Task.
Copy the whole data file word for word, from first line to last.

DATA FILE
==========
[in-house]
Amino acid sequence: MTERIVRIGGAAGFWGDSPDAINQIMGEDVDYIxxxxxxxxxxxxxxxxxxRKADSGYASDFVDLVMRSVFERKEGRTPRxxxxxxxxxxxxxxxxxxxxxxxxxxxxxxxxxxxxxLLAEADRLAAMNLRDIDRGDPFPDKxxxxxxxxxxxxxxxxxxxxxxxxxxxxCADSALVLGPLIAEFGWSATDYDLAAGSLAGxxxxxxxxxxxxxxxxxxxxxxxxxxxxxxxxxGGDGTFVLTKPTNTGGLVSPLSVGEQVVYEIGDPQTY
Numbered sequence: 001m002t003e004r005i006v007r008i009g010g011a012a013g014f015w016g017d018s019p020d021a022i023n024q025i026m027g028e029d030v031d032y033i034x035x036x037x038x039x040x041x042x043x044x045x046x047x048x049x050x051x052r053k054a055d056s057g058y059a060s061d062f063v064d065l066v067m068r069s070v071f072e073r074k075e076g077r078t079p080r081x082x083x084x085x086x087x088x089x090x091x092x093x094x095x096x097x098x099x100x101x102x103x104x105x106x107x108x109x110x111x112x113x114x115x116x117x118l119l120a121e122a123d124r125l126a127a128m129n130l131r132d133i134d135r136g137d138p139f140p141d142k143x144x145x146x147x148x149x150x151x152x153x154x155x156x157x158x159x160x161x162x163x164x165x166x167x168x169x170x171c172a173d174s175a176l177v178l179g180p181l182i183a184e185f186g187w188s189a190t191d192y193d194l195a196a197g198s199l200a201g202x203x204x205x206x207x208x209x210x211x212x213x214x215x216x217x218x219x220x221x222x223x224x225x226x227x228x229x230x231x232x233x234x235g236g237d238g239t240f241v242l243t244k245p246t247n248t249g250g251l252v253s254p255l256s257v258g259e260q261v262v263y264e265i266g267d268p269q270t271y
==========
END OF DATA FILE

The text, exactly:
[in-house]
Amino acid sequence: MTERIVRIGGAAGFWGDSPDAINQIMGEDVDYIxxxxxxxxxxxxxxxxxxRKADSGYASDFVDLVMRSVFERKEGRTPRxxxxxxxxxxxxxxxxxxxxxxxxxxxxxxxxxxxxxLLAEADRLAAMNLRDIDRGDPFPDKxxxxxxxxxxxxxxxxxxxxxxxxxxxxCADSALVLGPLIAEFGWSATDYDLAAGSLAGxxxxxxxxxxxxxxxxxxxxxxxxxxxxxxxxxGGDGTFVLTKPTNTGGLVSPLSVGEQVVYEIGDPQTY
Numbered sequence: 001m002t003e004r005i006v007r008i009g010g011a012a013g014f015w016g017d018s019p020d021a022i023n024q025i026m027g028e029d030v031d032y033i034x035x036x037x038x039x040x041x042x043x044x045x046x047x048x049x050x051x052r053k054a055d056s057g058y059a060s061d062f063v064d065l066v067m068r069s070v071f072e073r074k075e076g077r078t079p080r081x082x083x084x085x086x087x088x089x090x091x092x093x094x095x096x097x098x099x100x101x102x103x104x105x106x107x108x109x110x111x112x113x114x115x116x117x118l119l120a121e122a123d124r125l126a127a128m129n130l131r132d133i134d135r136g137d138p139f140p141d142k143x144x145x146x147x148x149x150x151x152x153x154x155x156x157x158x159x160x161x162x163x164x165x166x167x168x169x170x171c172a173d174s175a176l177v178l179g180p181l182i183a184e185f186g187w188s189a190t191d192y193d194l195a196a197g198s199l200a201g202x203x204x205x206x207x208x209x210x211x212x213x214x215x216x217x218x219x220x221x222x223x224x225x226x227x228x229x230x231x232x233x234x235g236g237d238g239t240f241v242l243t244k245p246t247n248t249g250g251l252v253s254p255l256s257v258g259e260q261v262v263y264e265i266g267d268p269q270t271y